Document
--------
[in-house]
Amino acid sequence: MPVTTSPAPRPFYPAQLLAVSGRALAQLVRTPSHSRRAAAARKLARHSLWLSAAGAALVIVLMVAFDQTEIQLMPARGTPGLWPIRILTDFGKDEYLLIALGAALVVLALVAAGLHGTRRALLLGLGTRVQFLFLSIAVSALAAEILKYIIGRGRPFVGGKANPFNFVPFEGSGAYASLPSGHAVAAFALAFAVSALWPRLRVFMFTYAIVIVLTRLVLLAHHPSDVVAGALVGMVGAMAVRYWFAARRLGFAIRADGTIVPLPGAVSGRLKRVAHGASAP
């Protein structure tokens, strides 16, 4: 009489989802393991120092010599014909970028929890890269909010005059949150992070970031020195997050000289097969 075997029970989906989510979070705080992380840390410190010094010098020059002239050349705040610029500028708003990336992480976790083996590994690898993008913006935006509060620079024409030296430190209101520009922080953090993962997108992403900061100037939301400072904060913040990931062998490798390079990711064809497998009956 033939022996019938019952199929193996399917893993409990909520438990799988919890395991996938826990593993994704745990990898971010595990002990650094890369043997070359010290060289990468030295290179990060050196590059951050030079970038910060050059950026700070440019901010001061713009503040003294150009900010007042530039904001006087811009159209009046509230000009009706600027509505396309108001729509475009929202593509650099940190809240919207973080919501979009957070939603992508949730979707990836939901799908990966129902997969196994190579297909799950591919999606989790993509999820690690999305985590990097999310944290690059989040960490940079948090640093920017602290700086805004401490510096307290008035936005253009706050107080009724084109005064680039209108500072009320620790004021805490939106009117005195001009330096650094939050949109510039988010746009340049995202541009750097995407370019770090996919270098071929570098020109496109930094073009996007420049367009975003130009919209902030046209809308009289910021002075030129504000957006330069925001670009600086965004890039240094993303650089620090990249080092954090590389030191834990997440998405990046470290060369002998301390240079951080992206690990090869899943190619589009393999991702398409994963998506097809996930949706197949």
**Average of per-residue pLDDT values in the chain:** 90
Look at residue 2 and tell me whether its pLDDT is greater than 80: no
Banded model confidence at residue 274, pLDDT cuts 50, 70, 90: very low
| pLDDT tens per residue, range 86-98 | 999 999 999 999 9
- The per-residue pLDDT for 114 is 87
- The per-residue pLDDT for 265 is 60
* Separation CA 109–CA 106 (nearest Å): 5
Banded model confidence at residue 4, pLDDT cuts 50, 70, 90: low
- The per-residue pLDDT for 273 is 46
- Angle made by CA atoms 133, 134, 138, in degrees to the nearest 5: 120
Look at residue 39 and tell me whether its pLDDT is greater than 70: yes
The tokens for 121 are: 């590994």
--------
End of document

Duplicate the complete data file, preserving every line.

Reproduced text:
[in-house]
Amino acid sequence: MPVTTSPAPRPFYPAQLLAVSGRALAQLVRTPSHSRRAAAARKLARHSLWLSAAGAALVIVLMVAFDQTEIQLMPARGTPGLWPIRILTDFGKDEYLLIALGAALVVLALVAAGLHGTRRALLLGLGTRVQFLFLSIAVSALAAEILKYIIGRGRPFVGGKANPFNFVPFEGSGAYASLPSGHAVAAFALAFAVSALWPRLRVFMFTYAIVIVLTRLVLLAHHPSDVVAGALVGMVGAMAVRYWFAARRLGFAIRADGTIVPLPGAVSGRLKRVAHGASAP
């Protein structure tokens, strides 16, 4: 009489989802393991120092010599014909970028929890890269909010005059949150992070970031020195997050000289097969 075997029970989906989510979070705080992380840390410190010094010098020059002239050349705040610029500028708003990336992480976790083996590994690898993008913006935006509060620079024409030296430190209101520009922080953090993962997108992403900061100037939301400072904060913040990931062998490798390079990711064809497998009956 033939022996019938019952199929193996399917893993409990909520438990799988919890395991996938826990593993994704745990990898971010595990002990650094890369043997070359010290060289990468030295290179990060050196590059951050030079970038910060050059950026700070440019901010001061713009503040003294150009900010007042530039904001006087811009159209009046509230000009009706600027509505396309108001729509475009929202593509650099940190809240919207973080919501979009957070939603992508949730979707990836939901799908990966129902997969196994190579297909799950591919999606989790993509999820690690999305985590990097999310944290690059989040960490940079948090640093920017602290700086805004401490510096307290008035936005253009706050107080009724084109005064680039209108500072009320620790004021805490939106009117005195001009330096650094939050949109510039988010746009340049995202541009750097995407370019770090996919270098071929570098020109496109930094073009996007420049367009975003130009919209902030046209809308009289910021002075030129504000957006330069925001670009600086965004890039240094993303650089620090990249080092954090590389030191834990997440998405990046470290060369002998301390240079951080992206690990090869899943190619589009393999991702398409994963998506097809996930949706197949």
**Average of per-residue pLDDT values in the chain:** 90
Look at residue 2 and tell me whether its pLDDT is greater than 80: no
Banded model confidence at residue 274, pLDDT cuts 50, 70, 90: very low
| pLDDT tens per residue, range 86-98 | 999 999 999 999 9
- The per-residue pLDDT for 114 is 87
- The per-residue pLDDT for 265 is 60
* Separation CA 109–CA 106 (nearest Å): 5
Banded model confidence at residue 4, pLDDT cuts 50, 70, 90: low
- The per-residue pLDDT for 273 is 46
- Angle made by CA atoms 133, 134, 138, in degrees to the nearest 5: 120
Look at residue 39 and tell me whether its pLDDT is greater than 70: yes
The tokens for 121 are: 């590994």